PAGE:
Antibiotics: Rising Colon Cancer Risks Among Young People
For a very long time, health professionals and patients believed colon cancer — the third most common cancer among Americans — was a major health challenge mainly for older folks.
That perception changed for good recently, when the U.S. Preventative Services Task Force recommended lowering initial screenings for colon cancer to age 45.
That was a huge wake-up call, but a very necessary one given the steady increase in younger colon cancer cases and lower screening rates among that age group.
That uptick also reflects data collected by the American Cancer Society that found patients born in 1990 have double the risk of colon cancer compared to people born in 1950.
All of this underscores the fact that colon cancer is a multi-faceted problem, including several risk factors (poor diets and sedentary lifestyles) well within our control.
We can now add antibiotics to the growing list of concerns based a pair of recent reports from the UK and Sweden.
More Antibiotics, More Colon Cancer Reports
Most of you are very well aware of the disruptive nature of antibiotics, and not just to the balance of bacteria in your gut.
Antibiotics have been prescribed so often for health problems, including viral conditions like the flu and common colds that they’re not equipped to treat, they don’t work when we really need them.
Based on two large analyses of patients in Scotland and Sweden, this very liberal use of antibiotics may increase one’s colon cancer risks too.
In the Swedish analysis that studied the health of 40,000 patients from the Swedish Colorectal Cancer Registry from 2010-16 to 200,000 cancer-free patients, antibiotics increased the risk of colon cancer by 17 percent.
What’s more, Swedish scientists believe the disruptive impact of antibiotics on the microbiome is the probable trigger for this increase in colon cancer patients.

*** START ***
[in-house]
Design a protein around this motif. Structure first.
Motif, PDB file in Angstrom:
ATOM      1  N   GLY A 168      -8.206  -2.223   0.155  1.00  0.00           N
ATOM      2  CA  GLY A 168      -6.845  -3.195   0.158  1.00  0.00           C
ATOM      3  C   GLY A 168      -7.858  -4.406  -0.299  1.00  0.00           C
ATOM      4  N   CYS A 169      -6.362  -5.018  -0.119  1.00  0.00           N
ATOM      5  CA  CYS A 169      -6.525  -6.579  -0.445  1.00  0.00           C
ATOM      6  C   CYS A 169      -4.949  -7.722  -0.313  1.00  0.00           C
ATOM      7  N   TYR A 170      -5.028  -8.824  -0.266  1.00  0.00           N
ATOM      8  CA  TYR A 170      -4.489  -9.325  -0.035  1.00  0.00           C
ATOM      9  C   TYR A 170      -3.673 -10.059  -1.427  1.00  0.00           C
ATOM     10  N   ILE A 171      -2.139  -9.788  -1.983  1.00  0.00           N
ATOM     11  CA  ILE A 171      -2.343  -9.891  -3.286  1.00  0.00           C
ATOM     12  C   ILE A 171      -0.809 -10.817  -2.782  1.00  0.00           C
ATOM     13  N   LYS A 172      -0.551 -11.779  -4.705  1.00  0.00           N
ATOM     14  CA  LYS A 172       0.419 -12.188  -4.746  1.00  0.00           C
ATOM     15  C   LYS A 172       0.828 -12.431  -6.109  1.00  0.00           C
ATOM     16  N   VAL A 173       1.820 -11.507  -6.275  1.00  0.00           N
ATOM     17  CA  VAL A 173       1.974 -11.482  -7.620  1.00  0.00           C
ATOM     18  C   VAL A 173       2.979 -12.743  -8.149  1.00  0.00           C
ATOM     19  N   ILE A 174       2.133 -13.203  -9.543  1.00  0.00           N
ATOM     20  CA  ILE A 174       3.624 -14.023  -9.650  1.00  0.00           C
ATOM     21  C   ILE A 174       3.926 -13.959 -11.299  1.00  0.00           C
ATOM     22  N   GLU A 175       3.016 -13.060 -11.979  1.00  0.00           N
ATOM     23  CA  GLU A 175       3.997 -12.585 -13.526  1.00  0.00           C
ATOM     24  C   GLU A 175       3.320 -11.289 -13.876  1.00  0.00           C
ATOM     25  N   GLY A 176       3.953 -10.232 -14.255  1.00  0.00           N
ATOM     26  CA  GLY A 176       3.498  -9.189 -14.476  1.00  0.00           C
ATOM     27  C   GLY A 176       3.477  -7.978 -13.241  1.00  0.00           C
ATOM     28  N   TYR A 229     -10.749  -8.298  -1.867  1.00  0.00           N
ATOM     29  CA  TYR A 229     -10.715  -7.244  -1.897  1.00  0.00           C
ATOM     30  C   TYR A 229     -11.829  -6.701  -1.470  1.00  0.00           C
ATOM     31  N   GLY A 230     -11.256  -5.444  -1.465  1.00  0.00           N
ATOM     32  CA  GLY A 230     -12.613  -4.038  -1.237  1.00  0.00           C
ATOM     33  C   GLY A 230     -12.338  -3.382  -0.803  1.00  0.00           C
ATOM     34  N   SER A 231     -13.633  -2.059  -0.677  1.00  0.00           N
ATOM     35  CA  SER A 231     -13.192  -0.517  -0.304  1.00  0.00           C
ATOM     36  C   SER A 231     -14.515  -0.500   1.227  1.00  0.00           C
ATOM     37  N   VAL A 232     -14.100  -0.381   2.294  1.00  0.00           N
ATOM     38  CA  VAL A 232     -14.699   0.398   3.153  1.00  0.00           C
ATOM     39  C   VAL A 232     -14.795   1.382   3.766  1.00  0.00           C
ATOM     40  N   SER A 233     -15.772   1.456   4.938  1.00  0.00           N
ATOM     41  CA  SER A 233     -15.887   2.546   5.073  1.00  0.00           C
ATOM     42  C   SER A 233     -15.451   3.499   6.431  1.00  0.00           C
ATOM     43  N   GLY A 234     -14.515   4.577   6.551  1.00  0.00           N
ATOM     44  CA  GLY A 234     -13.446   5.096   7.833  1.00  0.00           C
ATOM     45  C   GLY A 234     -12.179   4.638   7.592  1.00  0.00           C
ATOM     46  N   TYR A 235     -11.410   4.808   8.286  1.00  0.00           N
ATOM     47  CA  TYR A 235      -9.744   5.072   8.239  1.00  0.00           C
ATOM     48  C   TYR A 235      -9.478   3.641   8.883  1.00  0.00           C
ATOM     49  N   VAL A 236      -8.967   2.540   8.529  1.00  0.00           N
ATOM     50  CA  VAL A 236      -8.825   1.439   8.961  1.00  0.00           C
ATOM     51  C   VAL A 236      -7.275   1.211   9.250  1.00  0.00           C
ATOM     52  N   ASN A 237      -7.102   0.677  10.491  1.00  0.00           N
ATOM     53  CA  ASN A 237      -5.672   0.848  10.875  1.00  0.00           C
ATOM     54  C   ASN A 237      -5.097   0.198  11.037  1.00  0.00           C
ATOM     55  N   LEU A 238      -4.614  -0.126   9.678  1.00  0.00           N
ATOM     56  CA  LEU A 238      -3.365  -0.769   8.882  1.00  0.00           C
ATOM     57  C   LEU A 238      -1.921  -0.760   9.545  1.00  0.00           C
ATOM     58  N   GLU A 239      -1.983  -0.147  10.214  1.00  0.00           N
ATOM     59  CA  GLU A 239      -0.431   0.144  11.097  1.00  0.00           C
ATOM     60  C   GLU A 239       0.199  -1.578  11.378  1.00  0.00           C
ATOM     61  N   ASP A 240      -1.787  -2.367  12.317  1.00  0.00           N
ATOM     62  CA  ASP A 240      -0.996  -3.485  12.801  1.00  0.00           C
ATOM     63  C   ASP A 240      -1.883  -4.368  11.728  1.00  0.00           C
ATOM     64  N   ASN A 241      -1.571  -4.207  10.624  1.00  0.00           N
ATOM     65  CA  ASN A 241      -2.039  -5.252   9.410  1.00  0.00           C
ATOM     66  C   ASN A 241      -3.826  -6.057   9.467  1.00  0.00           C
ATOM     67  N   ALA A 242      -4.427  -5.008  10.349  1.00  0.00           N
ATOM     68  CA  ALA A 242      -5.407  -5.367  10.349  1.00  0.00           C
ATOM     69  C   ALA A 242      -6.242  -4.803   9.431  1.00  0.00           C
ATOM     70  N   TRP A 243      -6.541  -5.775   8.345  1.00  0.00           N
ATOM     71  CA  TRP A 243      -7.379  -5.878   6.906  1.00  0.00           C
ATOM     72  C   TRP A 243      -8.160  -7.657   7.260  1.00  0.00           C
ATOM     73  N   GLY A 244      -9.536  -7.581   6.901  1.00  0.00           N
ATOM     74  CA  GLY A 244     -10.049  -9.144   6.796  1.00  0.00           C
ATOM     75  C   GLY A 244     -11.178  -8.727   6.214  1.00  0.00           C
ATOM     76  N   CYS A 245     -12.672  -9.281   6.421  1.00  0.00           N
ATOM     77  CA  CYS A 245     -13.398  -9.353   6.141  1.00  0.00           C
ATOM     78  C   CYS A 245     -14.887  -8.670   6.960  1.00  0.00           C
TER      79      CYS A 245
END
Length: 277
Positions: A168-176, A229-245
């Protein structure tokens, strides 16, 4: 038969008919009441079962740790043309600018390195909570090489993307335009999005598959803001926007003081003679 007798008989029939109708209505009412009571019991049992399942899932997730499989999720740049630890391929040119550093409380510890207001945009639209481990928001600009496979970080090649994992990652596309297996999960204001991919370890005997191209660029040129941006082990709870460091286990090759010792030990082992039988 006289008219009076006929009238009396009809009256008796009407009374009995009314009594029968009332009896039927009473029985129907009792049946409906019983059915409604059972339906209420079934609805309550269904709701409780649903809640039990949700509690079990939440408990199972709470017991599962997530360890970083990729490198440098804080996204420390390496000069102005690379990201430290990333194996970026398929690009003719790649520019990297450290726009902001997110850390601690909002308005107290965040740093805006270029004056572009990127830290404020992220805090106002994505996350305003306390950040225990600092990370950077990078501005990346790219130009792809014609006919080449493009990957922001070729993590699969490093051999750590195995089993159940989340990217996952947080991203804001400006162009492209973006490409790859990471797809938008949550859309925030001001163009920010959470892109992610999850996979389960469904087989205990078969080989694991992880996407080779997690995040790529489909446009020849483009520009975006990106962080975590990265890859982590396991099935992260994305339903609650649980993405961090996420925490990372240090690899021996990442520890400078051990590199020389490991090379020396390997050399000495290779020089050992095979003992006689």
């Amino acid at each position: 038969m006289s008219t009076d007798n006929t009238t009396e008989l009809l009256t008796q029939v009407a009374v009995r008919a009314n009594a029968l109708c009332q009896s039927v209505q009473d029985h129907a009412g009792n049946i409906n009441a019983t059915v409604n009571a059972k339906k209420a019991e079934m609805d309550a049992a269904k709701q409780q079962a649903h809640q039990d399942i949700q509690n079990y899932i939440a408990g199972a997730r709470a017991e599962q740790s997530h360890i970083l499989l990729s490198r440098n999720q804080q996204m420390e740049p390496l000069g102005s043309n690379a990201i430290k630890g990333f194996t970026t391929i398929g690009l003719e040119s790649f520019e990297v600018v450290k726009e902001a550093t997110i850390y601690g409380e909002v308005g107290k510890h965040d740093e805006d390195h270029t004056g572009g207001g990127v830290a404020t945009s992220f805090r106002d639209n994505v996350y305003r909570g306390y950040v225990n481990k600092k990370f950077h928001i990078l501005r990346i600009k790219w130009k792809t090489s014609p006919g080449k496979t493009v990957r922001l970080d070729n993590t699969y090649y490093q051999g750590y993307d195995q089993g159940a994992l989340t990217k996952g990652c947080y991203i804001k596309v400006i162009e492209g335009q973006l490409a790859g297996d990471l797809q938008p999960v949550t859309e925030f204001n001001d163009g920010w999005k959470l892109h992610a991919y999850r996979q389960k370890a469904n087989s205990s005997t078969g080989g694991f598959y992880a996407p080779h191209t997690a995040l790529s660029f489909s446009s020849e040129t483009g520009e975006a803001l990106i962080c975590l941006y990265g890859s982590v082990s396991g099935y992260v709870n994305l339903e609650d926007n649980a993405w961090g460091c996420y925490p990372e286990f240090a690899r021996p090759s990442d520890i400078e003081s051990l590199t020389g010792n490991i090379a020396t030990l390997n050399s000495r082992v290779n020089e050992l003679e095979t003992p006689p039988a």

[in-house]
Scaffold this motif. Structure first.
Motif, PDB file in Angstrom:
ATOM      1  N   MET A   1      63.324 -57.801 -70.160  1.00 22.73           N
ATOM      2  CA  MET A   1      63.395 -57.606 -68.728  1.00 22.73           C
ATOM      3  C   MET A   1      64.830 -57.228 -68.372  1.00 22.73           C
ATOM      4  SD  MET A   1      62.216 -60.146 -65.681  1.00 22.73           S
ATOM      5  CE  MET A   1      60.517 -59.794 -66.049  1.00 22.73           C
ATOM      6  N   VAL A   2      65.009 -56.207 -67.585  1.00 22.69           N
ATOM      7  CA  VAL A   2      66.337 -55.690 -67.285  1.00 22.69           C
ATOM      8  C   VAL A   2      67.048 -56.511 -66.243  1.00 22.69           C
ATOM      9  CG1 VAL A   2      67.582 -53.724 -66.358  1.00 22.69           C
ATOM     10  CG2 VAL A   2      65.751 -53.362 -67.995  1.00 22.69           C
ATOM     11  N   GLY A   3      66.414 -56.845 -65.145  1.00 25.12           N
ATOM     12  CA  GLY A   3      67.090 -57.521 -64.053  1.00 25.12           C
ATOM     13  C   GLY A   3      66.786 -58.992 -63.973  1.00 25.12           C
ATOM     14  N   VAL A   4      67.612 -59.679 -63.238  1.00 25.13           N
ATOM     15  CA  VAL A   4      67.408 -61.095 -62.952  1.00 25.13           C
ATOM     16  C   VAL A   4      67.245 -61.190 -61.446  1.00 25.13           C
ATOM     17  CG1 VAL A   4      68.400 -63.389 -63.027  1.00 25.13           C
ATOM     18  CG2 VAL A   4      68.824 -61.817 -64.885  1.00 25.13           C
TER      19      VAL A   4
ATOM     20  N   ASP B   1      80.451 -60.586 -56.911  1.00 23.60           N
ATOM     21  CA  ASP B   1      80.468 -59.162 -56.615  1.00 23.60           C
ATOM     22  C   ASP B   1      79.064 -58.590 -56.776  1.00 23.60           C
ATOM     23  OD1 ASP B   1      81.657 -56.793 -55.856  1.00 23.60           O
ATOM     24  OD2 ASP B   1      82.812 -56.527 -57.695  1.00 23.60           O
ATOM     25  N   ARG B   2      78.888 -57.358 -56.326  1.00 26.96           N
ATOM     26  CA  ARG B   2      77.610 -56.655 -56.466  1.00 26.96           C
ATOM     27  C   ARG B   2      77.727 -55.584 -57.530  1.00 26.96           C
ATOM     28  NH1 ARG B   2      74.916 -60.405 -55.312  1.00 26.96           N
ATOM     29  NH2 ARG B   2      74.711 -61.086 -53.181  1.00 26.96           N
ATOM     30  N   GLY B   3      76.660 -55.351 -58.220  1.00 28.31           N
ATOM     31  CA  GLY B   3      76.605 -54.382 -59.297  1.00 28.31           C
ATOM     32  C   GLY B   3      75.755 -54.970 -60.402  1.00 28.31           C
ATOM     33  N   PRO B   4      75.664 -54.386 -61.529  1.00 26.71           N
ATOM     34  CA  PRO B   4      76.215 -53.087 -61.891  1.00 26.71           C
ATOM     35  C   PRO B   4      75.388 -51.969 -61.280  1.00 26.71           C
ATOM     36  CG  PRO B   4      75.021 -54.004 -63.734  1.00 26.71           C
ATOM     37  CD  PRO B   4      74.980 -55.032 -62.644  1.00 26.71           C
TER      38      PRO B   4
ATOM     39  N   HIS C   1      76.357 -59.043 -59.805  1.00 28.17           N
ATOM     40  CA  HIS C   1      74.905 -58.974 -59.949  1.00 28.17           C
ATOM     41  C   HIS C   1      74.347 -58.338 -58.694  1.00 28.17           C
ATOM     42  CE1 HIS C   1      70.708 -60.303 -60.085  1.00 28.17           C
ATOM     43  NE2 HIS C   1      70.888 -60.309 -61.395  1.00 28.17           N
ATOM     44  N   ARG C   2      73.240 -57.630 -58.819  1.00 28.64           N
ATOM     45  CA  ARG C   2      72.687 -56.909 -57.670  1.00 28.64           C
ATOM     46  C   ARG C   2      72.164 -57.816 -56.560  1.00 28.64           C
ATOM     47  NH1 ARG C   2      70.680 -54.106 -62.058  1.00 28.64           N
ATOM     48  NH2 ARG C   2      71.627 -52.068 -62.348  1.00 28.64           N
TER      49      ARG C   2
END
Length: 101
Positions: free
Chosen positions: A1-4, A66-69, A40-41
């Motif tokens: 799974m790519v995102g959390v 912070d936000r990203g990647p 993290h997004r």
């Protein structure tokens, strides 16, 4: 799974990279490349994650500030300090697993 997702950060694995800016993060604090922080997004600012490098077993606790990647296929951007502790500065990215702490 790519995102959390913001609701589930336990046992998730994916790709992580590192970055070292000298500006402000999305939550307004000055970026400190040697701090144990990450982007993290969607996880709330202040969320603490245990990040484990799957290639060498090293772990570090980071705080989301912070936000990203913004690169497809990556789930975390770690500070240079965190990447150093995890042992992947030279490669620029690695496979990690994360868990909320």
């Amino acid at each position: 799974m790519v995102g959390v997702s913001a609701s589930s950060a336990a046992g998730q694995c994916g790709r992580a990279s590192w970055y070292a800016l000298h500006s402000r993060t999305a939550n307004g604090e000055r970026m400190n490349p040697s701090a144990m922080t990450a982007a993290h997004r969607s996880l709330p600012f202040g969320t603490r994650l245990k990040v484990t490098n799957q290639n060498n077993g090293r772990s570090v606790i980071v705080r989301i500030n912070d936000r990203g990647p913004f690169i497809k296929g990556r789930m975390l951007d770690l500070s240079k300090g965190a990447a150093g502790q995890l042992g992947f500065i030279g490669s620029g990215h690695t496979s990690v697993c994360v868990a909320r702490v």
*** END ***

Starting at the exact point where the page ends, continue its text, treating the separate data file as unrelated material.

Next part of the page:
The Scottish review of 8,000 colon cancer patients that compared to an equal number of healthy folks found a similar increase in colon cancer rates across all age groups, with one more very alarming trend.
The risk of colon cancer among patients under age 50 was elevated by nearly 50 percent, compared to 9 percent in the above age 50 group. What’s more, very common quinolone (like Cipro) and sulfonamide (like Bactrim) antibiotics were associated with cancers on the right side of the colon where microbiomes reside.
So, how can colon cancer risks jump so high for younger folks apart from the overuse of antibiotics and sedentary lifestyle habits?
Experts believe the lack of routine screenings for young people from ages 20-40 account for high colon cancer rates. Moreover, fewer physicians and younger patients will connect unusual abdominal pains with colon cancer, thus those problems will be detected much later when the disease is harder to treat.
What You Can Do!
First, it’s important to remember that taking any antibiotics should be done wisely and cautiously. If you have any concerns about an antibiotic (or any other drug), don’t hesitate to consult with your doctor or pharmacist.
When an antibiotic is necessary, please take it as prescribed by your physician until your course is completed, not only until you’re feeling better.
Want to lessen your need for antibiotics? I urge you to review my recent Antibiotics 101 article for some very important tips that cover everything from good hand-cleaning rules to monitoring your use of prescription pain relievers.
If you want to protect the healthy balance of bacteria in your gut, especially while you’re taking an antibiotic, be sure to take a probiotic about two hours afterward. (Check out our article on the basics of How to Take a Probiotic for more guidance.)
Also, there’s growing evidence we’ve shared here about the benefits of taking a probiotic in relation to treating and possibly preventing colon cancer.
Remember that any probiotic you consider should include multiple strains of beneficial bacteria to protect your gut, the center of your body’s immune system, like those found in like EndoMune Advanced Probiotic.
Journal of the National Cancer Institute
European Society for Medical Oncology